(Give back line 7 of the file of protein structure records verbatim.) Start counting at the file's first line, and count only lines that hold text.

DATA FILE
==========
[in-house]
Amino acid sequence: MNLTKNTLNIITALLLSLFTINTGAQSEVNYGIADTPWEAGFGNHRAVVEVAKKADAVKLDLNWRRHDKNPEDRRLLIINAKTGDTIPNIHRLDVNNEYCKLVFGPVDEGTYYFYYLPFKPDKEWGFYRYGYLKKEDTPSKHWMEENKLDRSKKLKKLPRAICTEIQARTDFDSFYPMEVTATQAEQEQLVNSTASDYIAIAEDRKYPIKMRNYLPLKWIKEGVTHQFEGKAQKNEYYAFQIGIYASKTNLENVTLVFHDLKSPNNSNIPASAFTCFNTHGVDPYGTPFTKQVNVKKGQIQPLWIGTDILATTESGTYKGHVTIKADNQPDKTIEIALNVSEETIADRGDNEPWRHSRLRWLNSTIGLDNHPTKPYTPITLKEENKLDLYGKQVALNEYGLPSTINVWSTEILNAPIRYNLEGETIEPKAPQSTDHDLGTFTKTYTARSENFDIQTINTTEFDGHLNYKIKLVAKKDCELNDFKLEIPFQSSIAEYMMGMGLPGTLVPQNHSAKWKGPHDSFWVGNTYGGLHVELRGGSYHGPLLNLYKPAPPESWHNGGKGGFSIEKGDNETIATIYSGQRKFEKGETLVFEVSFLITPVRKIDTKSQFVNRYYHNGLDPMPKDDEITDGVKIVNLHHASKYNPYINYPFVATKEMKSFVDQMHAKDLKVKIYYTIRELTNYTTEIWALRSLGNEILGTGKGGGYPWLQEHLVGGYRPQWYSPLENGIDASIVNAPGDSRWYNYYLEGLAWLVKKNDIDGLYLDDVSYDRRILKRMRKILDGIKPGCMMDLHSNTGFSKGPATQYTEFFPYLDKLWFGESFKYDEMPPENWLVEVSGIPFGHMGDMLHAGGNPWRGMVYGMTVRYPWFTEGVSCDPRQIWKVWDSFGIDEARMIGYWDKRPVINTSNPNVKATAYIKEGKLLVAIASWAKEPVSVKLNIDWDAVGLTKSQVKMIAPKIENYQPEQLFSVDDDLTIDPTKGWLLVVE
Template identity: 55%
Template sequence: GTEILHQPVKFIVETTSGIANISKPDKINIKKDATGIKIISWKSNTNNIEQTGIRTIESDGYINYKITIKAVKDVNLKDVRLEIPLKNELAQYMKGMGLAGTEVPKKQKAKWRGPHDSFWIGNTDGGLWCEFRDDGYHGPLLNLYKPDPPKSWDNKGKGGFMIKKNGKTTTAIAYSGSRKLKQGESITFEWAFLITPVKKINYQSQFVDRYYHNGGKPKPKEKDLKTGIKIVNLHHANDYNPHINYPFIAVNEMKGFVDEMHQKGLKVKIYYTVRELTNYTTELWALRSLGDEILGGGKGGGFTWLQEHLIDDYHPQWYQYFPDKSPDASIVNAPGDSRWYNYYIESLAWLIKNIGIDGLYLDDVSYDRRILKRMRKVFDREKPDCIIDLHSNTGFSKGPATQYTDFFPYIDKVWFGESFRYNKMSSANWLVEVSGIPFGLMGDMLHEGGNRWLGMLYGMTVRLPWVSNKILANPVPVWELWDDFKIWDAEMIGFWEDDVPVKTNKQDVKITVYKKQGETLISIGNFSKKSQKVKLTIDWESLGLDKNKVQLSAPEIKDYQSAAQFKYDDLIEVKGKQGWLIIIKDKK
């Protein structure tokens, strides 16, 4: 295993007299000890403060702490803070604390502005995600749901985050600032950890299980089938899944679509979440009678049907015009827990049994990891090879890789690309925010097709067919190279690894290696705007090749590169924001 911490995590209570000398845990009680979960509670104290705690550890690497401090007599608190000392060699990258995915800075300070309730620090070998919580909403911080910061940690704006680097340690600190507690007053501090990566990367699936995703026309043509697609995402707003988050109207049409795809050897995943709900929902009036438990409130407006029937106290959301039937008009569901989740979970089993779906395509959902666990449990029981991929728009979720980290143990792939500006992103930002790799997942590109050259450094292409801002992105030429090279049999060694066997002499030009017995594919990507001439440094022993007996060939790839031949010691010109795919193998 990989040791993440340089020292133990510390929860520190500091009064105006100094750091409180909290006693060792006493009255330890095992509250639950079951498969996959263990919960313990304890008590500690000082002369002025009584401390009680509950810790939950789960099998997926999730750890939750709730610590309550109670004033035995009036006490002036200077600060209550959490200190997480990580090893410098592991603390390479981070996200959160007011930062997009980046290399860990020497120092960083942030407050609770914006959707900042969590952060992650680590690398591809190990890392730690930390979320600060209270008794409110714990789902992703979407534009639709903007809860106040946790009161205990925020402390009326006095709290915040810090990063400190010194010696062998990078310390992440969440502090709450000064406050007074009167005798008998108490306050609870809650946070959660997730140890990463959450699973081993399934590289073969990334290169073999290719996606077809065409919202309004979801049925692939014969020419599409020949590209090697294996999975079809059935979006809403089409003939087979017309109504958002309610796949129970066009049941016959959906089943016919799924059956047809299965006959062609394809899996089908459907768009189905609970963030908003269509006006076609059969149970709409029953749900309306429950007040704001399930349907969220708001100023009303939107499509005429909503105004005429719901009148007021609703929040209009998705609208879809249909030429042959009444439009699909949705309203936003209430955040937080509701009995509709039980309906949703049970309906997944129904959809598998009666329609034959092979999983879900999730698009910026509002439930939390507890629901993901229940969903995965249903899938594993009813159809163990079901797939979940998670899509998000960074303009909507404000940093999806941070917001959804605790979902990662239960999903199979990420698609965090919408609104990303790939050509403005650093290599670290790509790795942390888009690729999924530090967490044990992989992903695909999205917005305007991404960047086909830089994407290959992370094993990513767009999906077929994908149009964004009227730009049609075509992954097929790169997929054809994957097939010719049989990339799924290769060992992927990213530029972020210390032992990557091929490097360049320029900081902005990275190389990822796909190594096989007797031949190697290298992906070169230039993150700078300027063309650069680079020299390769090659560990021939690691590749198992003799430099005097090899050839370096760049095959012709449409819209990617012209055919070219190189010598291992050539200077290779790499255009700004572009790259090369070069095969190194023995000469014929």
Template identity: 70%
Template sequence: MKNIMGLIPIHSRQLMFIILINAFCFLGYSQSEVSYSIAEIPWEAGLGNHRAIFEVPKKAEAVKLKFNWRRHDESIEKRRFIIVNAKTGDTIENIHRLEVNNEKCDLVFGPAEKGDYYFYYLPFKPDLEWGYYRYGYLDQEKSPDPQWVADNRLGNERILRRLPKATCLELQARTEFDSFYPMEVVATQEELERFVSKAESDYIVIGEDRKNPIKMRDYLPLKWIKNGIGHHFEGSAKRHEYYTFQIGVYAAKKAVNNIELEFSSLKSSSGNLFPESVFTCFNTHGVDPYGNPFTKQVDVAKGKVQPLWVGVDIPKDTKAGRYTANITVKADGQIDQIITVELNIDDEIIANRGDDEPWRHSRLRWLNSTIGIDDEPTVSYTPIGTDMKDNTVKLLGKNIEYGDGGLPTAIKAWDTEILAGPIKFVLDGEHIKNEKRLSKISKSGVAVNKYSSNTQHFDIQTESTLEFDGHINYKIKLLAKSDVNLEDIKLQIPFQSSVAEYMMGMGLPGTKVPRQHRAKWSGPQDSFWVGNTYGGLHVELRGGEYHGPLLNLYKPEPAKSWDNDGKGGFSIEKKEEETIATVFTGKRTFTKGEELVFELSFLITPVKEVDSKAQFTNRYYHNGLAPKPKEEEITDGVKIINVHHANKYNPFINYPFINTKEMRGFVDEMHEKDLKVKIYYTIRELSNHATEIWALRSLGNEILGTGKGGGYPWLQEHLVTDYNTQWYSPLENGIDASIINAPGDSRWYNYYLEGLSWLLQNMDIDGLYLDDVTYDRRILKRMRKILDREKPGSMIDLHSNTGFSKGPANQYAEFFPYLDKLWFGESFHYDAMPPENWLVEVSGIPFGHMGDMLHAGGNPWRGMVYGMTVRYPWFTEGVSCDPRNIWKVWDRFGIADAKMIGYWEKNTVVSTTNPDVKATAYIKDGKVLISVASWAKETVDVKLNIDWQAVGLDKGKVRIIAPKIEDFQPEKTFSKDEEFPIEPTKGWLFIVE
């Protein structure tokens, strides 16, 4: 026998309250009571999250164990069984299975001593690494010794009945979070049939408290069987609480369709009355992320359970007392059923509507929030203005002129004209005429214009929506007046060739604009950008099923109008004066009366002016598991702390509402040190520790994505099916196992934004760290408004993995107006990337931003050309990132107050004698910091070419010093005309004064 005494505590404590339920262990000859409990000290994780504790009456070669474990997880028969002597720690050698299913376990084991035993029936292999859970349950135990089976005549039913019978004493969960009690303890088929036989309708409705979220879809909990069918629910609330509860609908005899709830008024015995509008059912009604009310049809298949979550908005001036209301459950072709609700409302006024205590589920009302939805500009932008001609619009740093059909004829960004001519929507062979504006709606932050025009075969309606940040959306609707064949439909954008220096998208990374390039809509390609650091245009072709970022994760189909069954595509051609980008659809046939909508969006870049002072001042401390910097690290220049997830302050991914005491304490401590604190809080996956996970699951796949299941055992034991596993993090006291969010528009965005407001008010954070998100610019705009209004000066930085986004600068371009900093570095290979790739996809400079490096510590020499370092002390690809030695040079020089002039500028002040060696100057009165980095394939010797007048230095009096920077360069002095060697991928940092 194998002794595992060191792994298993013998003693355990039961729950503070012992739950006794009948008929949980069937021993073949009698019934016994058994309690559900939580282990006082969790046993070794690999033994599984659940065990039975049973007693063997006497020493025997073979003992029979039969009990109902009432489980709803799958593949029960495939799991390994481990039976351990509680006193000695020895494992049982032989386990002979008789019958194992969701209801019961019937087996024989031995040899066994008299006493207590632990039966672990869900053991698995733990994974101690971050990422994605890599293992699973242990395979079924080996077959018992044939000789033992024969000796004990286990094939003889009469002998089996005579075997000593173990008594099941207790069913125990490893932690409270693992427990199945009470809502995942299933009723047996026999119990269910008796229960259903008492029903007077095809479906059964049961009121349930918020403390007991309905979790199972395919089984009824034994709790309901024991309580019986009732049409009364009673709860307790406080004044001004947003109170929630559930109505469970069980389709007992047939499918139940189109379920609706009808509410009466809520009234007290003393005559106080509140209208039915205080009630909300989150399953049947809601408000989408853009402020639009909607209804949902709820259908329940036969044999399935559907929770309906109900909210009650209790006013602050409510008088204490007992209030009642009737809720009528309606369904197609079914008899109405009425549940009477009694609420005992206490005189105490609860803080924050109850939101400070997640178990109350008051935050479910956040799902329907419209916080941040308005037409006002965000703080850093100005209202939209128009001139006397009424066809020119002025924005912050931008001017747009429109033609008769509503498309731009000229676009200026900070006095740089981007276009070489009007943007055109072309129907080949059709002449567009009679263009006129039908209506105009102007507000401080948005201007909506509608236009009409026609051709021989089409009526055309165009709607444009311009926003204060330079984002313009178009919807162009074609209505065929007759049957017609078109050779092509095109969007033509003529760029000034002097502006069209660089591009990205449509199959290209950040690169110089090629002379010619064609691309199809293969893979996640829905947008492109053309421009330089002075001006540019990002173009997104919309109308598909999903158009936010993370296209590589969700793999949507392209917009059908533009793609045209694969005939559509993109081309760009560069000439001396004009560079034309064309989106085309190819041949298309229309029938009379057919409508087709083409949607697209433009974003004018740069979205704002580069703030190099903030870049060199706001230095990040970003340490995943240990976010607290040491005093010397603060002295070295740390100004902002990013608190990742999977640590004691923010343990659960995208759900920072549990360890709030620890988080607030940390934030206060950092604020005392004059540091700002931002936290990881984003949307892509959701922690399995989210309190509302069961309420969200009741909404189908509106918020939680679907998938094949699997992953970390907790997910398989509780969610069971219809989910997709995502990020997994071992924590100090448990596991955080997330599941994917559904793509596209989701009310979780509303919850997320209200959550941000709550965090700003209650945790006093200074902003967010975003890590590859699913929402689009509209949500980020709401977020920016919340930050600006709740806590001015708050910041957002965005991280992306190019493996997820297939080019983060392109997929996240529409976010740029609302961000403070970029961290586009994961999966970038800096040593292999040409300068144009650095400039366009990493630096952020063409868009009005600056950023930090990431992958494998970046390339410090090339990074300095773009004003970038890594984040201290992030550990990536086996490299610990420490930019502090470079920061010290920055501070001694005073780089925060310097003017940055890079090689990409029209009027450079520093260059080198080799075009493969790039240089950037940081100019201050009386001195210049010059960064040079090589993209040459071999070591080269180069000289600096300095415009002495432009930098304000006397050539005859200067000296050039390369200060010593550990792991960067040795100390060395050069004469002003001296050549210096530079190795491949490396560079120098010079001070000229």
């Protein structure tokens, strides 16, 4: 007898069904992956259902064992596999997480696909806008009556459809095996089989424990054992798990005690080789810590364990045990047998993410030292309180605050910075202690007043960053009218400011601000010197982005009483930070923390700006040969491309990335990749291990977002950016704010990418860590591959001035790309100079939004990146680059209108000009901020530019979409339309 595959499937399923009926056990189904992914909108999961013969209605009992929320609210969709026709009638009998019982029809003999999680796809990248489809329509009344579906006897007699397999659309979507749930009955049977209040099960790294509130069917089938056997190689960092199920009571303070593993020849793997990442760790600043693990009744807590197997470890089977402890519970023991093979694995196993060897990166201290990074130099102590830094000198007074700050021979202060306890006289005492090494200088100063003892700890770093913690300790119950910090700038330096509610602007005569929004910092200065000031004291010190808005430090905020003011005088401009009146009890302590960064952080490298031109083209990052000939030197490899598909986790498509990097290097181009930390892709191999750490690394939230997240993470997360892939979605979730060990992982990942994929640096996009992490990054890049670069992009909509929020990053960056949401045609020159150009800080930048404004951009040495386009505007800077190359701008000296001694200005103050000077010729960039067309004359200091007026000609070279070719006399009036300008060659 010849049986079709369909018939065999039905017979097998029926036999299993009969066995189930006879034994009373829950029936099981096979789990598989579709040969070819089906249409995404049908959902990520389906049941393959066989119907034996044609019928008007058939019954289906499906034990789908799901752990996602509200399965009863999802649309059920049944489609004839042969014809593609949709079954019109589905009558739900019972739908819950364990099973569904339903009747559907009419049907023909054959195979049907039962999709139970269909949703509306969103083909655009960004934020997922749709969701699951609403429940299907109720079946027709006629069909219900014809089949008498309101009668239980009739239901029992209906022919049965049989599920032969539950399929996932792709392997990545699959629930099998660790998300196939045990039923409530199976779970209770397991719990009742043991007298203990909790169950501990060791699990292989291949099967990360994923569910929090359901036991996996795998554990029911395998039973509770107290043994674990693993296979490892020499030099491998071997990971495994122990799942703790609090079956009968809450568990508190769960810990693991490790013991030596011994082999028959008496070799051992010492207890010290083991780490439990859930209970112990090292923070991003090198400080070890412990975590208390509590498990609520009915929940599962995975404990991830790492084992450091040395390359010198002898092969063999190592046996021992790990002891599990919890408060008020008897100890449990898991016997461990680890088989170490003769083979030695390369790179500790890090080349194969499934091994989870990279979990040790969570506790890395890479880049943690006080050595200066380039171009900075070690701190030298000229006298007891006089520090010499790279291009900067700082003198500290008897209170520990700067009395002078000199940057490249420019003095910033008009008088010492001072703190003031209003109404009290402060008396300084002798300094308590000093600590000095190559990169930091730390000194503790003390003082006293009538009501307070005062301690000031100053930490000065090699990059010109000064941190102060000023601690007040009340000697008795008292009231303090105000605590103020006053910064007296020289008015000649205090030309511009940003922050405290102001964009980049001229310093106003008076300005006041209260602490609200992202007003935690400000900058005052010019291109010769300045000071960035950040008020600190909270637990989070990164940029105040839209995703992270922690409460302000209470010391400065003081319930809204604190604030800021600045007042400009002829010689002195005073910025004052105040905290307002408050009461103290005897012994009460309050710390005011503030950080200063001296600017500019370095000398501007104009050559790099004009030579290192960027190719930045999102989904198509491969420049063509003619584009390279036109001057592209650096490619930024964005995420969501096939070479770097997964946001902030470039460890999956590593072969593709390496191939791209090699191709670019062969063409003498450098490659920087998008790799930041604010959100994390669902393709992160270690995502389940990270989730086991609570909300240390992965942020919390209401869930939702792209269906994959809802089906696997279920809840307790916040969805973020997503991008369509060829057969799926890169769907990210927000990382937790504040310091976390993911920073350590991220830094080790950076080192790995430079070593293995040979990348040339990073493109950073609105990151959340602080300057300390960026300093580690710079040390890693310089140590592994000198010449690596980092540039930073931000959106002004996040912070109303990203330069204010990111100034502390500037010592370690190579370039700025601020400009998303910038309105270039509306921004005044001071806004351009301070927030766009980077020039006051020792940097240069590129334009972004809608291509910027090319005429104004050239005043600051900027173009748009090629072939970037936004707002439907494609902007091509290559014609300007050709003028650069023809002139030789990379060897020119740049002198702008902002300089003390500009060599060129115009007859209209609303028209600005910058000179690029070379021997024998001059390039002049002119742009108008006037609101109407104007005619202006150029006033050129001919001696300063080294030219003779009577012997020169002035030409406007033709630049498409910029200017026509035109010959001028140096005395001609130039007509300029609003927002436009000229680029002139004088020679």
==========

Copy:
Template sequence: MKNIMGLIPIHSRQLMFIILINAFCFLGYSQSEVSYSIAEIPWEAGLGNHRAIFEVPKKAEAVKLKFNWRRHDESIEKRRFIIVNAKTGDTIENIHRLEVNNEKCDLVFGPAEKGDYYFYYLPFKPDLEWGYYRYGYLDQEKSPDPQWVADNRLGNERILRRLPKATCLELQARTEFDSFYPMEVVATQEELERFVSKAESDYIVIGEDRKNPIKMRDYLPLKWIKNGIGHHFEGSAKRHEYYTFQIGVYAAKKAVNNIELEFSSLKSSSGNLFPESVFTCFNTHGVDPYGNPFTKQVDVAKGKVQPLWVGVDIPKDTKAGRYTANITVKADGQIDQIITVELNIDDEIIANRGDDEPWRHSRLRWLNSTIGIDDEPTVSYTPIGTDMKDNTVKLLGKNIEYGDGGLPTAIKAWDTEILAGPIKFVLDGEHIKNEKRLSKISKSGVAVNKYSSNTQHFDIQTESTLEFDGHINYKIKLLAKSDVNLEDIKLQIPFQSSVAEYMMGMGLPGTKVPRQHRAKWSGPQDSFWVGNTYGGLHVELRGGEYHGPLLNLYKPEPAKSWDNDGKGGFSIEKKEEETIATVFTGKRTFTKGEELVFELSFLITPVKEVDSKAQFTNRYYHNGLAPKPKEEEITDGVKIINVHHANKYNPFINYPFINTKEMRGFVDEMHEKDLKVKIYYTIRELSNHATEIWALRSLGNEILGTGKGGGYPWLQEHLVTDYNTQWYSPLENGIDASIINAPGDSRWYNYYLEGLSWLLQNMDIDGLYLDDVTYDRRILKRMRKILDREKPGSMIDLHSNTGFSKGPANQYAEFFPYLDKLWFGESFHYDAMPPENWLVEVSGIPFGHMGDMLHAGGNPWRGMVYGMTVRYPWFTEGVSCDPRNIWKVWDRFGIADAKMIGYWEKNTVVSTTNPDVKATAYIKDGKVLISVASWAKETVDVKLNIDWQAVGLDKGKVRIIAPKIEDFQPEKTFSKDEEFPIEPTKGWLFIVE